Monday, February 6, 2017

Transportation Ministry highlights Tuck Inlet road project

While those that travel back and forth between Prince Rupert and Lax Kw'alaams have been enjoying the improved road access that was completed over the summer for a while now.

For many in the region, the Tuck Inlet road is a route less travelled, though one that has made for much in the way of conversation over the last few months.

As we noted on the blog in December, the main contract work for the project went to Prince Rupert's Adventure Paving and for their efforts they received acclaim as a contractor of the year, as they delivered the highly anticipated project on time and on budget.

To get a better understanding of some of the challenges of that work, the Ministry of Transportation has created an online feature review of the Tuck Inlet road project, complete with background on the job as well as photos and videos.

One of many photos from an online feature
by the Ministry of Transportation that
reviews the Tuck Inlet road project
The overview provides a pretty good overview of the scope of the work that was required and just how large the project was.

Besides the laying of the blacktop on the roadway, the project included work on four bridges, a number of culverts and the installation of concrete barriers and speed reader boards.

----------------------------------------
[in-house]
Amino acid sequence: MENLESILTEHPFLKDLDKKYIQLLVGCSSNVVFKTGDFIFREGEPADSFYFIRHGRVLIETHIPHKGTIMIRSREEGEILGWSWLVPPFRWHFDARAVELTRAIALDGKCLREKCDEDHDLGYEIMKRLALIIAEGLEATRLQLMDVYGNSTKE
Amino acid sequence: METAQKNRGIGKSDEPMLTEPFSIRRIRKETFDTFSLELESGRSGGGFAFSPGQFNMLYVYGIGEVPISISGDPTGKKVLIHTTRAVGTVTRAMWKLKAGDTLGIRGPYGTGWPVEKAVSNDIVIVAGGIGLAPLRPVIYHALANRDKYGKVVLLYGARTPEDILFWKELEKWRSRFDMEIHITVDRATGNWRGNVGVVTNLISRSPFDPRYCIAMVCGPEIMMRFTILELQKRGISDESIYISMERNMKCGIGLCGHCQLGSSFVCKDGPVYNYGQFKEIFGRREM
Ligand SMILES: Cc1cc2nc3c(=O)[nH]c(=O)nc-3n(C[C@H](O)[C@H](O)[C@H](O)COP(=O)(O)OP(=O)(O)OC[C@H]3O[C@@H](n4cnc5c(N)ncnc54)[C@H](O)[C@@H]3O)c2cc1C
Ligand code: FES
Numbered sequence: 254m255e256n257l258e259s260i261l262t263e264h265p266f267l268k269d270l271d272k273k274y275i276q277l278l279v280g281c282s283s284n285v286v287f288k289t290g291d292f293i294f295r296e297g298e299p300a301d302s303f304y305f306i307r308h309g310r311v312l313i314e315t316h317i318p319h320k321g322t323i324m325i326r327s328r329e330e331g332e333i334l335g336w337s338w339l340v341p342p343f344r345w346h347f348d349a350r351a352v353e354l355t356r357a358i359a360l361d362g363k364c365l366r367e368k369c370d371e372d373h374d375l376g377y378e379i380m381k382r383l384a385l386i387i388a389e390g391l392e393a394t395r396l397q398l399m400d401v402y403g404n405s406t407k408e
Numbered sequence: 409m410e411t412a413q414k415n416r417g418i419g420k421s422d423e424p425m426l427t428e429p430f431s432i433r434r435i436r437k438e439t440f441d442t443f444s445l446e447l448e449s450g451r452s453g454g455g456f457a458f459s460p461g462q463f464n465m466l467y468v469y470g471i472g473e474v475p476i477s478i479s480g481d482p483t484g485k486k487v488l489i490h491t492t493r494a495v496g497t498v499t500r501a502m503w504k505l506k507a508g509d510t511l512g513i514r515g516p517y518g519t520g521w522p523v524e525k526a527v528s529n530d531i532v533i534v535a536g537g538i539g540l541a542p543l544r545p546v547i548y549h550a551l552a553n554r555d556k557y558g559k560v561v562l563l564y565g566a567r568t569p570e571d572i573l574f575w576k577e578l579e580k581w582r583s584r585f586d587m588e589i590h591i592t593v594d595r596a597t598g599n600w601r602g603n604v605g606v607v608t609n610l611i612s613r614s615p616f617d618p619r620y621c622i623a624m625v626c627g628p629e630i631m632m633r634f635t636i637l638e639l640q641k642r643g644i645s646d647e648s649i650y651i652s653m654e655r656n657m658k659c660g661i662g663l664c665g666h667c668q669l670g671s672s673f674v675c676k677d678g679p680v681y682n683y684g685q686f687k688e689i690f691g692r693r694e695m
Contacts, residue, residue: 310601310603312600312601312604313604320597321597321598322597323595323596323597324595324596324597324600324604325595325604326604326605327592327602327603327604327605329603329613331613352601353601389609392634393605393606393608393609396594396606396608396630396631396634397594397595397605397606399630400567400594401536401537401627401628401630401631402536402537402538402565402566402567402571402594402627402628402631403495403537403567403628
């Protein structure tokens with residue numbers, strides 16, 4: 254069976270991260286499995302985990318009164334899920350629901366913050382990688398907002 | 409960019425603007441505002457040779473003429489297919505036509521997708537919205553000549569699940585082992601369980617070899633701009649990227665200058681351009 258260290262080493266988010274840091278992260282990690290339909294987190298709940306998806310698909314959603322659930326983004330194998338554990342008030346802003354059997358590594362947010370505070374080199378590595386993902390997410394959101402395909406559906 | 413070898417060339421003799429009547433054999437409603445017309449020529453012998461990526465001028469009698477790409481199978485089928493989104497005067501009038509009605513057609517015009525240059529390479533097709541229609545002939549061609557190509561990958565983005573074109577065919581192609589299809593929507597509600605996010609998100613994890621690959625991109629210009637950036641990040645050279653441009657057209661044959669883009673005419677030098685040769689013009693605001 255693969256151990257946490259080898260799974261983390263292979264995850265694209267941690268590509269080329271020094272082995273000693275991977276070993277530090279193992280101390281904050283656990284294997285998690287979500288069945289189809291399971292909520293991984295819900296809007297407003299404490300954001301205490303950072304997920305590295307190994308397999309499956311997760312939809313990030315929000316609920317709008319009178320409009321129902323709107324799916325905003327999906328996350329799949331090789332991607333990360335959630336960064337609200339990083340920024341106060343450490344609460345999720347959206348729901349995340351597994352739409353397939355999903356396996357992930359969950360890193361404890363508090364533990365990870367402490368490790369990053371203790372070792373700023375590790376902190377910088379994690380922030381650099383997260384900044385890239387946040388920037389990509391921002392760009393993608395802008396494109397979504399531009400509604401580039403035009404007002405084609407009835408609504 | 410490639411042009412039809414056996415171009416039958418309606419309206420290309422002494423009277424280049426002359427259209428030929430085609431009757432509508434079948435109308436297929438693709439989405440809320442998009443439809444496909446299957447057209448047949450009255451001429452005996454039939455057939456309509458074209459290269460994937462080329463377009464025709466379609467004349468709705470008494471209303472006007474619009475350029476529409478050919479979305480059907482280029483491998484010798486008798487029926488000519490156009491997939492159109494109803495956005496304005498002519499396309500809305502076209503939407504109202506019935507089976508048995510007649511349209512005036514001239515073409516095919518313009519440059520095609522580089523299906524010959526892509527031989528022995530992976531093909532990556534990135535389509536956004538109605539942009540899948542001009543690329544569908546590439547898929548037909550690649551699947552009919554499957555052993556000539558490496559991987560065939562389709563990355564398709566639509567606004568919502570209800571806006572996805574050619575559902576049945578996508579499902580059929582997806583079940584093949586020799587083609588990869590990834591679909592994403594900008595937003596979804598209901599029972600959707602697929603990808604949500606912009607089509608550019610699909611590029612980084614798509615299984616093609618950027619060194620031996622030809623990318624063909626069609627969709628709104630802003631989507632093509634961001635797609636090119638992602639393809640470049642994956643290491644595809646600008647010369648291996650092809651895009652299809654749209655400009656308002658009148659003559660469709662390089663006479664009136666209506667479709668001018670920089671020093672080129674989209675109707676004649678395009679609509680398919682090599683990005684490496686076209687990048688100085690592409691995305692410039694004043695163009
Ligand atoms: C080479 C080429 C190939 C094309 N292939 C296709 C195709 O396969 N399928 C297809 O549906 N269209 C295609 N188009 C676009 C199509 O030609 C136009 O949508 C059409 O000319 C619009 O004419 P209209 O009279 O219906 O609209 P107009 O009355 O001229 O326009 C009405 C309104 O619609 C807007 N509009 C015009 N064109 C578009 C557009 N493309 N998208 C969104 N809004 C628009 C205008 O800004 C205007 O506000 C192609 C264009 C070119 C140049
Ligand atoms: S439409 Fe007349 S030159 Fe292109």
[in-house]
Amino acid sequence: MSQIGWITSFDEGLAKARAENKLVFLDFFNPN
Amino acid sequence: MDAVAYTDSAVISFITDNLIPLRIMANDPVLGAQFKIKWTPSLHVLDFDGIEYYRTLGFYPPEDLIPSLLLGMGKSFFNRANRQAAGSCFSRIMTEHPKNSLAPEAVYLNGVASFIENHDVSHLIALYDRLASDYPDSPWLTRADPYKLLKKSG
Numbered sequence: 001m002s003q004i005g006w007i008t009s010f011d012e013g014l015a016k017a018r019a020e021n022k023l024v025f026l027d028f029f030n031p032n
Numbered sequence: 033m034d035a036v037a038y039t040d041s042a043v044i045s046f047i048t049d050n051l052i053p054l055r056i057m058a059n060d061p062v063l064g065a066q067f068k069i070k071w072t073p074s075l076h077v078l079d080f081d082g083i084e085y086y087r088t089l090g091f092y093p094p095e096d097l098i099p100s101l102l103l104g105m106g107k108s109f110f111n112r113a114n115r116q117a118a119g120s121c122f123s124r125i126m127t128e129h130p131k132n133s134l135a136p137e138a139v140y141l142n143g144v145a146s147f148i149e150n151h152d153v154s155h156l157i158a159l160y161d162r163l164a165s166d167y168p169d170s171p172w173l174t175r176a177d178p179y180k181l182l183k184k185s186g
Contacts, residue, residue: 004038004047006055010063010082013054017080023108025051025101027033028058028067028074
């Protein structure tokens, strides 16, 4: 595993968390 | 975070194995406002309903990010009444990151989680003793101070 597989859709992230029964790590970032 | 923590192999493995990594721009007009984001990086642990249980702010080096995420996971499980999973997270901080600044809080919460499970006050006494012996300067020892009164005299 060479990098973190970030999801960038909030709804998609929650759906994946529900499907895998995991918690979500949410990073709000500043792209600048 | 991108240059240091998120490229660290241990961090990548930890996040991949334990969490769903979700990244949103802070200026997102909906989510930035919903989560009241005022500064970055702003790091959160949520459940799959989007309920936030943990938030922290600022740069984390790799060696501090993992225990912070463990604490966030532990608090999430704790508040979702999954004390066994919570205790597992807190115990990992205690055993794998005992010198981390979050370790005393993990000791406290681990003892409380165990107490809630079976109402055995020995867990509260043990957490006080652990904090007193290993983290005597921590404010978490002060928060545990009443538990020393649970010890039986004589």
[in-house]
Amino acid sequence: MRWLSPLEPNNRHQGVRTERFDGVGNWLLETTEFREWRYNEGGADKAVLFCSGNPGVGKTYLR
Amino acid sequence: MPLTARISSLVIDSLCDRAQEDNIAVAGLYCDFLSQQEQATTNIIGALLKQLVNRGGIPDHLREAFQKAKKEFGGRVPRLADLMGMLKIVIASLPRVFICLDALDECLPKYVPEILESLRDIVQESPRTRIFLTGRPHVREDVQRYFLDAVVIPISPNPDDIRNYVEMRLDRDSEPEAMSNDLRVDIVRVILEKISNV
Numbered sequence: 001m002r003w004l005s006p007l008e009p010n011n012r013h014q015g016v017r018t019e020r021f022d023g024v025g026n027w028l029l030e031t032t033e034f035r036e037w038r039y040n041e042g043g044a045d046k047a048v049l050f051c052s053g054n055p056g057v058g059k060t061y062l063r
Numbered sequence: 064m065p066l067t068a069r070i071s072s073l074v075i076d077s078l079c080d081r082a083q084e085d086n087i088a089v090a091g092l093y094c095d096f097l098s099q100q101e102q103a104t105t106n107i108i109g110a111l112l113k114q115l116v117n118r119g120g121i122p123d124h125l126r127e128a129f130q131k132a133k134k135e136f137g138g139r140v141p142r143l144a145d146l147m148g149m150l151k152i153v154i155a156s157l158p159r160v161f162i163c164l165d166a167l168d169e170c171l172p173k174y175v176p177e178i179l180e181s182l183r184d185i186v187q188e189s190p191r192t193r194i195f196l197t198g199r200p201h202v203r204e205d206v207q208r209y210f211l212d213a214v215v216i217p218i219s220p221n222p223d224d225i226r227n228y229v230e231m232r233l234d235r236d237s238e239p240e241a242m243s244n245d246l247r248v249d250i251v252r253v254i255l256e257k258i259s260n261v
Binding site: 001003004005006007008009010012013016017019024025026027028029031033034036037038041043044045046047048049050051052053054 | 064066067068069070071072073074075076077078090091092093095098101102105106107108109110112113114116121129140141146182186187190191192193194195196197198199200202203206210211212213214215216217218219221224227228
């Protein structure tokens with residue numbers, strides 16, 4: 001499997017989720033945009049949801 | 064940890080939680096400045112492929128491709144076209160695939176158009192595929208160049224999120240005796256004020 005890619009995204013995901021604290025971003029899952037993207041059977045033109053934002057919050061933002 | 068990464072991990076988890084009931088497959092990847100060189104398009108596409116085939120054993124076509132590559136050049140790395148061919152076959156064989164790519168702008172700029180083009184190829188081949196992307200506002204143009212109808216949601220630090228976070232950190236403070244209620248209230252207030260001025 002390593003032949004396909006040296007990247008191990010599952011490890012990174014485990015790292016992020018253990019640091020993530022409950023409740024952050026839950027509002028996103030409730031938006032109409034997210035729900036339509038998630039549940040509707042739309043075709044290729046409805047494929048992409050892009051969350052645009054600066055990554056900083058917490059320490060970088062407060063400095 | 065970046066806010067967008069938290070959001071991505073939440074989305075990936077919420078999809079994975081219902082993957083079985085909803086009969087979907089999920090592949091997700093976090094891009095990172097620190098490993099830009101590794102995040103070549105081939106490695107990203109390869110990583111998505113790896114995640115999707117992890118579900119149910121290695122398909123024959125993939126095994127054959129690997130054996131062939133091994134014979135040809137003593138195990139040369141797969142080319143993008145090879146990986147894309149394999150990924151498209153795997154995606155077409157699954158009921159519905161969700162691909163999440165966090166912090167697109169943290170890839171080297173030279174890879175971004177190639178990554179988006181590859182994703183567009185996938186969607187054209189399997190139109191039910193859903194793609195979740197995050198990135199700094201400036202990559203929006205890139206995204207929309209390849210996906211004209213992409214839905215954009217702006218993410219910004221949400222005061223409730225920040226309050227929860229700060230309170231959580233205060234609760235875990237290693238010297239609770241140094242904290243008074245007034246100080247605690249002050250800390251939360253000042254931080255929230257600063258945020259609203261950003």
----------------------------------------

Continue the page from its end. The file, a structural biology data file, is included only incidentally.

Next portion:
In addition to the road work, the parking lot at the Tuck Inlet Ferry landing was also paved for the first time, with lighting installed at that location powered by solar panels and wind turbines.

You can check out the full overview here.

The completed project was recently celebrated by Premier Christy Clark when she visited Lax Kw'alaams in January, with the Premier hailing the roadway as a good example of cooperation between the two levels of government for the region.

For those of us that may never take advantage of the opportunity to make the trek north, the Ministry of Transportation offers up an aerial view of the drive along the Tuck Inlet Road.

More notes related to items of interest from Lax Kw'alaams can be found here, while other Transportation Ministry initiatives around the Northwest can be examined on our Highway 16 corridor archive.

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